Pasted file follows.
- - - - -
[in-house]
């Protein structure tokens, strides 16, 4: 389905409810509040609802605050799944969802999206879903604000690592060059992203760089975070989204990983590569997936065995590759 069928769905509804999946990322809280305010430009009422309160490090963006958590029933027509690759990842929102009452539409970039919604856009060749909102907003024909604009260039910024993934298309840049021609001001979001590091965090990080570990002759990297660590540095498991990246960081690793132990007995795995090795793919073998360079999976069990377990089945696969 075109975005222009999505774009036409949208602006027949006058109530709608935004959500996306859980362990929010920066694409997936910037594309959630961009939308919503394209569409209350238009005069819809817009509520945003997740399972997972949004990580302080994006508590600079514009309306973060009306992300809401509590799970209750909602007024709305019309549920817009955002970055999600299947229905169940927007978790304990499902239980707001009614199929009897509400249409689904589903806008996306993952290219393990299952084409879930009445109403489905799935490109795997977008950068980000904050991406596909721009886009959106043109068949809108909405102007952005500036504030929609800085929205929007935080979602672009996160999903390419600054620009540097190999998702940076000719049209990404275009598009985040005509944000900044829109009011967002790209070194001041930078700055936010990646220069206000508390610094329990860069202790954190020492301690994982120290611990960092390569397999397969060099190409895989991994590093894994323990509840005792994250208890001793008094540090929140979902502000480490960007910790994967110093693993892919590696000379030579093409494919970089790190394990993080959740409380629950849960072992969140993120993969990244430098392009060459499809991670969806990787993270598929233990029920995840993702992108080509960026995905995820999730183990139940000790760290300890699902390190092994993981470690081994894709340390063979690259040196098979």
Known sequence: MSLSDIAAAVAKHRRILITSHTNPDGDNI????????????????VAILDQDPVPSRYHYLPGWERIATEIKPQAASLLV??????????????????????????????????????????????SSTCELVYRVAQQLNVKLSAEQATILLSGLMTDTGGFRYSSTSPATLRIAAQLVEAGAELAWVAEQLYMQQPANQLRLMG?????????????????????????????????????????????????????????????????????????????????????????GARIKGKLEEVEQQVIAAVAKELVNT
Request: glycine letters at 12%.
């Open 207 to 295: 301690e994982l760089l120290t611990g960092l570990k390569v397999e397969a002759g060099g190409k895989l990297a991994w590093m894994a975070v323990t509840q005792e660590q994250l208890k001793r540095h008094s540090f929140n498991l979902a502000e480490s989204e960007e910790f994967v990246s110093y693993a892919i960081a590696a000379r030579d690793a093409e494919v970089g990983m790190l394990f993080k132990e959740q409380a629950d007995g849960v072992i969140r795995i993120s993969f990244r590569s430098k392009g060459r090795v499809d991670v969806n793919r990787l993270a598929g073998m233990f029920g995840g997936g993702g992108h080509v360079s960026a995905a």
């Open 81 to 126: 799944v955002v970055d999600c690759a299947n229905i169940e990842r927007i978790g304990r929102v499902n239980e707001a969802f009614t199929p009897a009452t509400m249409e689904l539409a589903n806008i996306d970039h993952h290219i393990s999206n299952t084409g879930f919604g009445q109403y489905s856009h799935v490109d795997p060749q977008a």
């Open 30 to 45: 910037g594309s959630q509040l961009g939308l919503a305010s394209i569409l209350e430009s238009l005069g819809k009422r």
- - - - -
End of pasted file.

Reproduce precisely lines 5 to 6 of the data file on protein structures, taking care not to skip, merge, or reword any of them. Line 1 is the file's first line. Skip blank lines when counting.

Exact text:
């Open 207 to 295: 301690e994982l760089l120290t611990g960092l570990k390569v397999e397969a002759g060099g190409k895989l990297a991994w590093m894994a975070v323990t509840q005792e660590q994250l208890k001793r540095h008094s540090f929140n498991l979902a502000e480490s989204e960007e910790f994967v990246s110093y693993a892919i960081a590696a000379r030579d690793a093409e494919v970089g990983m790190l394990f993080k132990e959740q409380a629950d007995g849960v072992i969140r795995i993120s993969f990244r590569s430098k392009g060459r090795v499809d991670v969806n793919r990787l993270a598929g073998m233990f029920g995840g997936g993702g992108h080509v360079s960026a995905a």
């Open 81 to 126: 799944v955002v970055d999600c690759a299947n229905i169940e990842r927007i978790g304990r929102v499902n239980e707001a969802f009614t199929p009897a009452t509400m249409e689904l539409a589903n806008i996306d970039h993952h290219i393990s999206n299952t084409g879930f919604g009445q109403y489905s856009h799935v490109d795997p060749q977008a």